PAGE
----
The event featured speakers from Harvard School of Dental Medicine, Harvard T.H. Chan School of Public Health, Harvard Medical School, Massachusetts College of Pharmacy and Health Sciences University, and more. Diverse speakers, panel discussions, and interactive case studies brought a dynamic approach to integrating interprofessional education in a practical and clinical setting.
Christine Riedy, PhD, MPH, chair and associate professor of Oral Health Policy and Epidemiology at Harvard School of Dental Medicine, explained that this summit was the result of feedback from the Initiative to Integrate Oral Health and Medicine’s recent Leadership Forum. “We’ve had speakers talk about putting the mouth back into the body, speakers from the insurance industry, health care industry, and educators… but something that was missing was the nitty-gritty of inter-professional practice and integrating oral health into clinical practice, particularly for programs that train providers, residency programs, and such,” said Riedy.
Keynote speaker, Michaela Kerrissey, PhD, MS, is an assistant professor of Management in the department of Health Policy and Management at the Harvard T.H. Chan School of Public Health and urged attendees to view integrated care as a mindset, rather than a model. “Often times, we get so caught up in thinking about a particular model of delivering services,” she said. “Does it work? What are the core elements? We lose sight of what all of these models have in common, that at their core they are asking people and organizations to work in fundamentally new ways to deliver health services."
Kerrissey added, “Usually in medicine, the path forward is clear. We make it as clear as possible. We want employees who can follow the scripts. We want to derive value. We want to learn before we do… But I want you to consider for a moment an alternative way of thinking. If we don’t know the right path forward for integrated care at all times, we might need to do a bit more innovation and experimentation. There may not be a script that can immediately be followed. We may have to wait to derive value later. We might have to learn from doing, and variance may become something that is a rich tool for learning.”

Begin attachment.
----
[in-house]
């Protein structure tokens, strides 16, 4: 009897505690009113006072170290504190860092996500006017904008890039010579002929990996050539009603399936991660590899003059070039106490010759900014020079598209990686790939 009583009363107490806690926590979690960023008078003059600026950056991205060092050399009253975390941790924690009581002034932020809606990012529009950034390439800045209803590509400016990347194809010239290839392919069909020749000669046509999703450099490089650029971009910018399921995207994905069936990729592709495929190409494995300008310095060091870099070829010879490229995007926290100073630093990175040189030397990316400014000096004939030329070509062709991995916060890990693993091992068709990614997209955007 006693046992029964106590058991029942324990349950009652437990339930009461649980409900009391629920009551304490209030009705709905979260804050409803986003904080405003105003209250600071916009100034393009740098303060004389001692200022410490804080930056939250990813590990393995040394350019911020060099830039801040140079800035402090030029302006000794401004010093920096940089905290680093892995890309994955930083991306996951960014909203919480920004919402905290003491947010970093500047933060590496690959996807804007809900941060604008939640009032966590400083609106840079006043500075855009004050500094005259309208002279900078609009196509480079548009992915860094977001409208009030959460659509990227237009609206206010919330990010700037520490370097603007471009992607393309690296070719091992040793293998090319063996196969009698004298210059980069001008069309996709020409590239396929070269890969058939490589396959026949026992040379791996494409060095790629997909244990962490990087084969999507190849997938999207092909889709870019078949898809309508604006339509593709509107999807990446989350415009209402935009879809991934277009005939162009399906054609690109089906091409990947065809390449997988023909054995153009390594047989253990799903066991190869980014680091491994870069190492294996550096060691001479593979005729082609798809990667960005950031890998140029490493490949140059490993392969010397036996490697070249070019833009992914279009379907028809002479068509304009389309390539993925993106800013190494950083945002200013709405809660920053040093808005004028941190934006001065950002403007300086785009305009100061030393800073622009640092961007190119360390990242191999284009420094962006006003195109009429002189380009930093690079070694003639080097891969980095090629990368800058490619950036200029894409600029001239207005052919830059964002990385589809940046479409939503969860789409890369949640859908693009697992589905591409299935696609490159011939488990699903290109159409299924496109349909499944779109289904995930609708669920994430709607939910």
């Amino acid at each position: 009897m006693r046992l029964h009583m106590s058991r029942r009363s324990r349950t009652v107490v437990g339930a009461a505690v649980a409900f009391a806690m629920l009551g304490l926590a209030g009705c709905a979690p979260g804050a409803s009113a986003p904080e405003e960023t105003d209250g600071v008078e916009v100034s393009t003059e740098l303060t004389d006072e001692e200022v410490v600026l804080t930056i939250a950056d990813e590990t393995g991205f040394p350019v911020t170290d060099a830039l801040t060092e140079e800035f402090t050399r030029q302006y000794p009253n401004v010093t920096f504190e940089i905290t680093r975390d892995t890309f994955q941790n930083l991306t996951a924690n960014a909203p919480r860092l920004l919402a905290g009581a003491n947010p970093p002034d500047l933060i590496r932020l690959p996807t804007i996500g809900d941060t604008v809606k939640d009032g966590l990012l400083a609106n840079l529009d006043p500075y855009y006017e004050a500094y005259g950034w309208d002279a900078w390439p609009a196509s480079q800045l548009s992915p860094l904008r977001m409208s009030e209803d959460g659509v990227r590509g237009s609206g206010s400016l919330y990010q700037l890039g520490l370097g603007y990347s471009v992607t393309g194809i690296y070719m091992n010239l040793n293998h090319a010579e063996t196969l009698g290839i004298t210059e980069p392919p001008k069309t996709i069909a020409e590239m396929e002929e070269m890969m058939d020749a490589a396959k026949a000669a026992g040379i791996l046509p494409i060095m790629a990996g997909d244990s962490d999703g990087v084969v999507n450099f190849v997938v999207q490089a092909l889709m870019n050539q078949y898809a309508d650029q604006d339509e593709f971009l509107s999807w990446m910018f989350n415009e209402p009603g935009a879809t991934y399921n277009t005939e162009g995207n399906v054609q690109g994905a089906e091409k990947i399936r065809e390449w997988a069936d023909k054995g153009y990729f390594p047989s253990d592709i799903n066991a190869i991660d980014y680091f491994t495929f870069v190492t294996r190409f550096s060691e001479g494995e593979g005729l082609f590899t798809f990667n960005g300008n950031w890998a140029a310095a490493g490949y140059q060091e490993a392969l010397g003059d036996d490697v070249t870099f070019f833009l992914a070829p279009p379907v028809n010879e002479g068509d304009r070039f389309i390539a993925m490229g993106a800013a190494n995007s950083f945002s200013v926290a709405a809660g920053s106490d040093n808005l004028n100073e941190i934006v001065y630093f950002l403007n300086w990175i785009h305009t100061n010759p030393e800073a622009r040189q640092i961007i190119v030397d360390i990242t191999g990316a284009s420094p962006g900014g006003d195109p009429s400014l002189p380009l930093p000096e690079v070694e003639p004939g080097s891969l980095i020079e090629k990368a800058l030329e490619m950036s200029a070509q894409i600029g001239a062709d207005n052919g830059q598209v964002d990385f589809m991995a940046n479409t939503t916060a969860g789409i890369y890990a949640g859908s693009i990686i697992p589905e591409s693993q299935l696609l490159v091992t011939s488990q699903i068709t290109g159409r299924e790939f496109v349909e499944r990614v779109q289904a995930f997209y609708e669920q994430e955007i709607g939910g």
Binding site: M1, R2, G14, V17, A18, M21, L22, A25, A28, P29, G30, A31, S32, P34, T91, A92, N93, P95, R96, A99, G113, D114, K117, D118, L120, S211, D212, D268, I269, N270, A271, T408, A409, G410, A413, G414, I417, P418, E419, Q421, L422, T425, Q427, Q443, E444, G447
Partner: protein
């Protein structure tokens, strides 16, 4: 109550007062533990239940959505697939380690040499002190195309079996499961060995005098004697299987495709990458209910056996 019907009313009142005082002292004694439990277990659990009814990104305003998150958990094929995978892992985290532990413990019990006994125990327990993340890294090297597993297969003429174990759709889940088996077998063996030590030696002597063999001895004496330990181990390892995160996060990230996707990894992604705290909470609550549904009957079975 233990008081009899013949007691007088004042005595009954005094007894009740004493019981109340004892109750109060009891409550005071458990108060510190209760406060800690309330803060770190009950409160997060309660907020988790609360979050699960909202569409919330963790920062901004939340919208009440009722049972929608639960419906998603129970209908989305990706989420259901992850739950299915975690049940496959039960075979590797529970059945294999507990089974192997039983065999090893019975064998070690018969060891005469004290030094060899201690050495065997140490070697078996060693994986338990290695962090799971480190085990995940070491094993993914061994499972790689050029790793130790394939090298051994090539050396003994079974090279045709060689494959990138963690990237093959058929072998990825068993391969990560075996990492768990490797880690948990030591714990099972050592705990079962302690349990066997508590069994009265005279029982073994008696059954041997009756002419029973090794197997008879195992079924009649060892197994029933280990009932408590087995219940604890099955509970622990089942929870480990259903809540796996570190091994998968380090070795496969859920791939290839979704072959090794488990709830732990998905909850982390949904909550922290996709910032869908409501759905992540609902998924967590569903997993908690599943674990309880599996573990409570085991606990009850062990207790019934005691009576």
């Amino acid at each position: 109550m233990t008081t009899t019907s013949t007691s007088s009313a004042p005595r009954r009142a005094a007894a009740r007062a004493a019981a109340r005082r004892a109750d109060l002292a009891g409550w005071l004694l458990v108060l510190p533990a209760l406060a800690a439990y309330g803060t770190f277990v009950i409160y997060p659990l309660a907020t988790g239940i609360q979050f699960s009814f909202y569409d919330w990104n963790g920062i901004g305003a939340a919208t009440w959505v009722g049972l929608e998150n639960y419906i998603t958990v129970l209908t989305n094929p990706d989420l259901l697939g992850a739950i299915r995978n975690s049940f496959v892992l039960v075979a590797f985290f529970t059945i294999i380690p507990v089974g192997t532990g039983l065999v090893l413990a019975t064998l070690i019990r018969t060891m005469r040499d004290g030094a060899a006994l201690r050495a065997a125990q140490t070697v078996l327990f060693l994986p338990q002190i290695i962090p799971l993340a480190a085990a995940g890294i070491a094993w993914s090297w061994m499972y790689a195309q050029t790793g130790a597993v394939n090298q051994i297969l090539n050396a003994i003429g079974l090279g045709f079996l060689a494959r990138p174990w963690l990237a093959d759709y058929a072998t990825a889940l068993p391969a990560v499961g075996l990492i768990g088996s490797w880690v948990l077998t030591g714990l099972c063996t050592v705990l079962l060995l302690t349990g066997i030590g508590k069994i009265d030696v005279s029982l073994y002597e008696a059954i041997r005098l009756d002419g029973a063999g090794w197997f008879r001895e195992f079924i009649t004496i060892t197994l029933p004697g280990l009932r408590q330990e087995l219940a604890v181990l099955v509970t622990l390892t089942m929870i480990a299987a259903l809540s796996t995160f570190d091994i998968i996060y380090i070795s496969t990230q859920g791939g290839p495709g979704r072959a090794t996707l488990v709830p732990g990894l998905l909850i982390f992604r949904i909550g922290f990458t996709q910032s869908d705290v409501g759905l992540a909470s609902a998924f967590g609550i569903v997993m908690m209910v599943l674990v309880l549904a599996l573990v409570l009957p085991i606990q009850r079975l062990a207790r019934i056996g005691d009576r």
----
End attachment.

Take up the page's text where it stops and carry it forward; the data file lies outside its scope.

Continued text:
Interprofessional Education to Practice included a panel discussion on systems-based approaches to making integration work effectively, as well as interactive case studies on how interprofessional education competencies are integrated into academic practice sites. Providing opportunities for attendees to collaborate and grow as a community of practice were among the objectives for this event.
Jane Barrow, executive director of the Initiative to Integrate Oral Health and Medicine and associate dean of Global and Community Health at Harvard School of Dental Medicine, sees this summit as a step in the right direction for oral health and primary care integration. “This summit brought together individuals who focus on clinical training, and it was really terrific to engage with them on how we move from interprofessional classroom education to interprofessional team-based care in a clinical setting,” she said. “The discussion was lively and provocative. We shared and learned a lot with each other and I am excited to move ahead with our community of practice and see what evolves.”